Synopsis(via Amazon)In a landmark epic of fantasy and storytelling, Philip Pullman invites readers into a world as convincing and thoroughly realized as Narnia, Earthsea, or Redwall. Here lives an orphaned ward named Lyra Belacqua, whose carefree life among the scholars at Oxford’s Jordan College is shattered by the arrival of two powerful visitors. First, her fearsome uncle, Lord Asriel, appears with evidence of mystery and danger in the far North, including photographs of a mysterious celestial phenomenon called Dust and the dim outline of a city suspended in the Aurora Borealis that he suspects is part of an alternate universe. He leaves Lyra in the care of Mrs. Coulter, an enigmatic scholar and explorer who offers to give Lyra the attention her uncle has long refused her. In this multilayered narrative, however, nothing is as it seems. Lyra sets out for the top of the world in search of her kidnapped playmate, Roger, bearing a rare truth-telling instrument, the compass of the title. All around her children are disappearing—victims of so-called “Gobblers”—and being used as subjects in terrible experiments that separate humans from their daemons, creatures that reflect each person’s inner being. And somehow, both Lord Asriel and Mrs. Coulter are involved.
I know I know. I’m late to the party on this one. It seems most people have read this book which I was actually surprised to learn because I have almost never heard it talked about nor has it ever been recommended to me(at least not prior to my buying it. After I mentioned I had it one of my friends suggested I read it) But I guess better late than never, right?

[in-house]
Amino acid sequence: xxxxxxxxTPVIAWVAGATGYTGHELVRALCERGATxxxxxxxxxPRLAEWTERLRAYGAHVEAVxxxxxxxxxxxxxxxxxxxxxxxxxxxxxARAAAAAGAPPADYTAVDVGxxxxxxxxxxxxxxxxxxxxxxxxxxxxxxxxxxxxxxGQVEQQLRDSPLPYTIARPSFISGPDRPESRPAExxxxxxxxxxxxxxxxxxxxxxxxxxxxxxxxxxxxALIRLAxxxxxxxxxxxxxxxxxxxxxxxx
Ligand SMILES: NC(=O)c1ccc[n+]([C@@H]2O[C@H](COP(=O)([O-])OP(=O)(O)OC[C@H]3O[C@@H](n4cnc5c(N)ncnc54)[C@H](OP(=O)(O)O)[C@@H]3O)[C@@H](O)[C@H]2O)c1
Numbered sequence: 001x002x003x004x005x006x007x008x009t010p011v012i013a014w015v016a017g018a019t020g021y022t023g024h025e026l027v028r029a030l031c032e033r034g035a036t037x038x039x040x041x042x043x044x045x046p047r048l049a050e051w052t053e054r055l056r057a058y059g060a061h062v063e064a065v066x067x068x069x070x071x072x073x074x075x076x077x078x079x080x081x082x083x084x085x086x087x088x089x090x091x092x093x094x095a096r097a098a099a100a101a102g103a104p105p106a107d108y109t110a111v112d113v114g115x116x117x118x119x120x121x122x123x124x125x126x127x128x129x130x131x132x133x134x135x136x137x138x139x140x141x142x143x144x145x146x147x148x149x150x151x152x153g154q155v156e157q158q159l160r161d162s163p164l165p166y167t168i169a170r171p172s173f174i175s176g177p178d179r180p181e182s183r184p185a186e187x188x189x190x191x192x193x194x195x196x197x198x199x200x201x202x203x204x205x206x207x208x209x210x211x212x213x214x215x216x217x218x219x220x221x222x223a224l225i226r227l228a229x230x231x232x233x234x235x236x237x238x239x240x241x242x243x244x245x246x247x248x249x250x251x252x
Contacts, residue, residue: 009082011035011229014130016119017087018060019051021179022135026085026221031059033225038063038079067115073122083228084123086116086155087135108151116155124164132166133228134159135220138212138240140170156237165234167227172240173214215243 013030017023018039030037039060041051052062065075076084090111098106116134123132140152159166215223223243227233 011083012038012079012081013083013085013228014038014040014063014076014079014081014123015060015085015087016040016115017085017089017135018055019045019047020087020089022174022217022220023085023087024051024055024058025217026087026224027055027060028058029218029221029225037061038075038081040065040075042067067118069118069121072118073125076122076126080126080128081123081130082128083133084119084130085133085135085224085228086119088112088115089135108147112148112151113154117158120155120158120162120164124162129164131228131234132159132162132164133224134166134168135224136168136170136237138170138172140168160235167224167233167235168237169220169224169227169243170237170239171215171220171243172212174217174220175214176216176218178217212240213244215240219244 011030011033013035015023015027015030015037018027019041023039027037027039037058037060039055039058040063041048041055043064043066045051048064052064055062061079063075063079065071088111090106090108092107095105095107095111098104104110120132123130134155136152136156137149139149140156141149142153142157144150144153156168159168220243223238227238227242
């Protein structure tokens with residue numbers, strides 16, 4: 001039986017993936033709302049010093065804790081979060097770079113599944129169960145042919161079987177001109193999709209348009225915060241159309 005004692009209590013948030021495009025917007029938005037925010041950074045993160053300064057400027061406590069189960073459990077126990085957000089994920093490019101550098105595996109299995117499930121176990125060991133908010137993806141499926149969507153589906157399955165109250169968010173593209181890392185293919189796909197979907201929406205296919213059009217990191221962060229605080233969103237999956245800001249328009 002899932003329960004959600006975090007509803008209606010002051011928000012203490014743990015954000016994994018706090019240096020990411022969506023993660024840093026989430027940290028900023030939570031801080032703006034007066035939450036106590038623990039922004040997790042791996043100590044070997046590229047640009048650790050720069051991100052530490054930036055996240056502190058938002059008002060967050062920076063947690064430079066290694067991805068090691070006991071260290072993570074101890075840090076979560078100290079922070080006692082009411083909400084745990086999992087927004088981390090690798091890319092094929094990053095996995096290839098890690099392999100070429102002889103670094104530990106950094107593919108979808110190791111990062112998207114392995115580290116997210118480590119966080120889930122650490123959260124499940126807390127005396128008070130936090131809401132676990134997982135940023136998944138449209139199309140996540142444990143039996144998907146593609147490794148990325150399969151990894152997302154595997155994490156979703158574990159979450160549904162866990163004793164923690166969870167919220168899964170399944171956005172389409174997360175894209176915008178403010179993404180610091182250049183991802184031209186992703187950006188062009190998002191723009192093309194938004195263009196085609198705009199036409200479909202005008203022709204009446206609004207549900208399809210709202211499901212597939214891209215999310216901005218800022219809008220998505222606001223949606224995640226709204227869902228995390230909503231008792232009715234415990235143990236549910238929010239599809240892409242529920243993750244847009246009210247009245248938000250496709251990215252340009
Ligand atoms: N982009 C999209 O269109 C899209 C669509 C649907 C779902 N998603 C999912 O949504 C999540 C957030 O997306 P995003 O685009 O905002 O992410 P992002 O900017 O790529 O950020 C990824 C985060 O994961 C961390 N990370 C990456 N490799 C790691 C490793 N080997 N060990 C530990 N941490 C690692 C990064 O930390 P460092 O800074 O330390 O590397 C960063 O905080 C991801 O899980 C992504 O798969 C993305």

I liked the book. I had trouble concentrating for more than a few pages at a time(though the pages in my version of the book are abnormally large while the type is a normal size and font) I don’t take this as a slam against the book just something I found while reading my way through this.
Golden Compass(U.K. Title: Northern Lights) is the first of a trilogy and it is a fantastic start. The world and the characters are set up so I look forward to seeing what happens now. What worries me, however, is that at the end of the book they are going somewhere wholly new so it’s possible a good deal of Subtle Knife(Book 2 in “His Dark Materials”) will be more set up rather than adventure.
Good pacing. Not a lot happens that doesn’t matter to the overall story.
Interesting, thought provoking story
Incorporation of philosophical elements near the end added a lot of depth to what had come before it.
I like most of the characters, particularly the side story Pullman takes going into the world and the characters of the Armored Bears on Svalbard.
Ending compels me to pick up the second one
I didn’t care at all about the main character.
The main character more or less seemed to be only a vessel for the author to explain his world through rather than a fully realized character with a distinctive personality.
I feel Pullman lingered in areas where he could have skimmed over and skimmed over areas(including characters) that I would have liked to see more of. But that’s just me. I was kind of disappointed by the constant influx of new characters only for them to be left behind and never/rarely spoken of again. BUT it’s not over yet so my analysis might change by the end of book three.
Look for my video review going into more detail about The Golden Compass this weekend!